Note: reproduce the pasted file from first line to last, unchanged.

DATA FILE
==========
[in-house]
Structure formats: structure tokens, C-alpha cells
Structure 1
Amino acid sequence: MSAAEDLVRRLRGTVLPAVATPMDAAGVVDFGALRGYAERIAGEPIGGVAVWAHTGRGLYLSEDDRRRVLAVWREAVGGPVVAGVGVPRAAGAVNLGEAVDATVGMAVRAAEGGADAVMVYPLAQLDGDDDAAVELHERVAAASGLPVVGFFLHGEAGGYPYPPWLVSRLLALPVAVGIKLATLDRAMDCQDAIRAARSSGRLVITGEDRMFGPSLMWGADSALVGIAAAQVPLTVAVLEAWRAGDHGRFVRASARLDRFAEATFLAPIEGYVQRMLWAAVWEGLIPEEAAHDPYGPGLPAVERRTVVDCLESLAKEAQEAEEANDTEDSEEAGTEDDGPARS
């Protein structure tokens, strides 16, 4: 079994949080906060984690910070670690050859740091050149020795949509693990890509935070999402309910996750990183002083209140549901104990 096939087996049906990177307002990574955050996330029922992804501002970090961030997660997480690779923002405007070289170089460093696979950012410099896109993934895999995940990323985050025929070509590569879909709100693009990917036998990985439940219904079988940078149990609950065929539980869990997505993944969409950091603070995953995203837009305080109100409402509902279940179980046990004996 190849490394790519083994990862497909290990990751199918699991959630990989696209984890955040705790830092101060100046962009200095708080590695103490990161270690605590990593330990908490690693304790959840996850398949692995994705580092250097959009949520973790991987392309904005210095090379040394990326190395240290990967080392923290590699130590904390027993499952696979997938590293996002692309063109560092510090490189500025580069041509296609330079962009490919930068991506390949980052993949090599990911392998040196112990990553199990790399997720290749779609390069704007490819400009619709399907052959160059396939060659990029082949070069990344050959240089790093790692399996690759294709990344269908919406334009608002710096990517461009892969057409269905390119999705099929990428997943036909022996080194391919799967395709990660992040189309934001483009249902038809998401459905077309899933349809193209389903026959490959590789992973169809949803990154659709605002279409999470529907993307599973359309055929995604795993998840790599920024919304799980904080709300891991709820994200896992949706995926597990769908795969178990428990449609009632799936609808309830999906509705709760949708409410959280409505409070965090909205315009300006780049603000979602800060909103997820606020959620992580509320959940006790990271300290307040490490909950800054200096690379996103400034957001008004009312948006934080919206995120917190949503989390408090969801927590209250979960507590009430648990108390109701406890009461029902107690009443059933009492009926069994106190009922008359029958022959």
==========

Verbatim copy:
[in-house]
Structure formats: structure tokens, C-alpha cells
Structure 1
Amino acid sequence: MSAAEDLVRRLRGTVLPAVATPMDAAGVVDFGALRGYAERIAGEPIGGVAVWAHTGRGLYLSEDDRRRVLAVWREAVGGPVVAGVGVPRAAGAVNLGEAVDATVGMAVRAAEGGADAVMVYPLAQLDGDDDAAVELHERVAAASGLPVVGFFLHGEAGGYPYPPWLVSRLLALPVAVGIKLATLDRAMDCQDAIRAARSSGRLVITGEDRMFGPSLMWGADSALVGIAAAQVPLTVAVLEAWRAGDHGRFVRASARLDRFAEATFLAPIEGYVQRMLWAAVWEGLIPEEAAHDPYGPGLPAVERRTVVDCLESLAKEAQEAEEANDTEDSEEAGTEDDGPARS
């Protein structure tokens, strides 16, 4: 079994949080906060984690910070670690050859740091050149020795949509693990890509935070999402309910996750990183002083209140549901104990 096939087996049906990177307002990574955050996330029922992804501002970090961030997660997480690779923002405007070289170089460093696979950012410099896109993934895999995940990323985050025929070509590569879909709100693009990917036998990985439940219904079988940078149990609950065929539980869990997505993944969409950091603070995953995203837009305080109100409402509902279940179980046990004996 190849490394790519083994990862497909290990990751199918699991959630990989696209984890955040705790830092101060100046962009200095708080590695103490990161270690605590990593330990908490690693304790959840996850398949692995994705580092250097959009949520973790991987392309904005210095090379040394990326190395240290990967080392923290590699130590904390027993499952696979997938590293996002692309063109560092510090490189500025580069041509296609330079962009490919930068991506390949980052993949090599990911392998040196112990990553199990790399997720290749779609390069704007490819400009619709399907052959160059396939060659990029082949070069990344050959240089790093790692399996690759294709990344269908919406334009608002710096990517461009892969057409269905390119999705099929990428997943036909022996080194391919799967395709990660992040189309934001483009249902038809998401459905077309899933349809193209389903026959490959590789992973169809949803990154659709605002279409999470529907993307599973359309055929995604795993998840790599920024919304799980904080709300891991709820994200896992949706995926597990769908795969178990428990449609009632799936609808309830999906509705709760949708409410959280409505409070965090909205315009300006780049603000979602800060909103997820606020959620992580509320959940006790990271300290307040490490909950800054200096690379996103400034957001008004009312948006934080919206995120917190949503989390408090969801927590209250979960507590009430648990108390109701406890009461029902107690009443059933009492009926069994106190009922008359029958022959």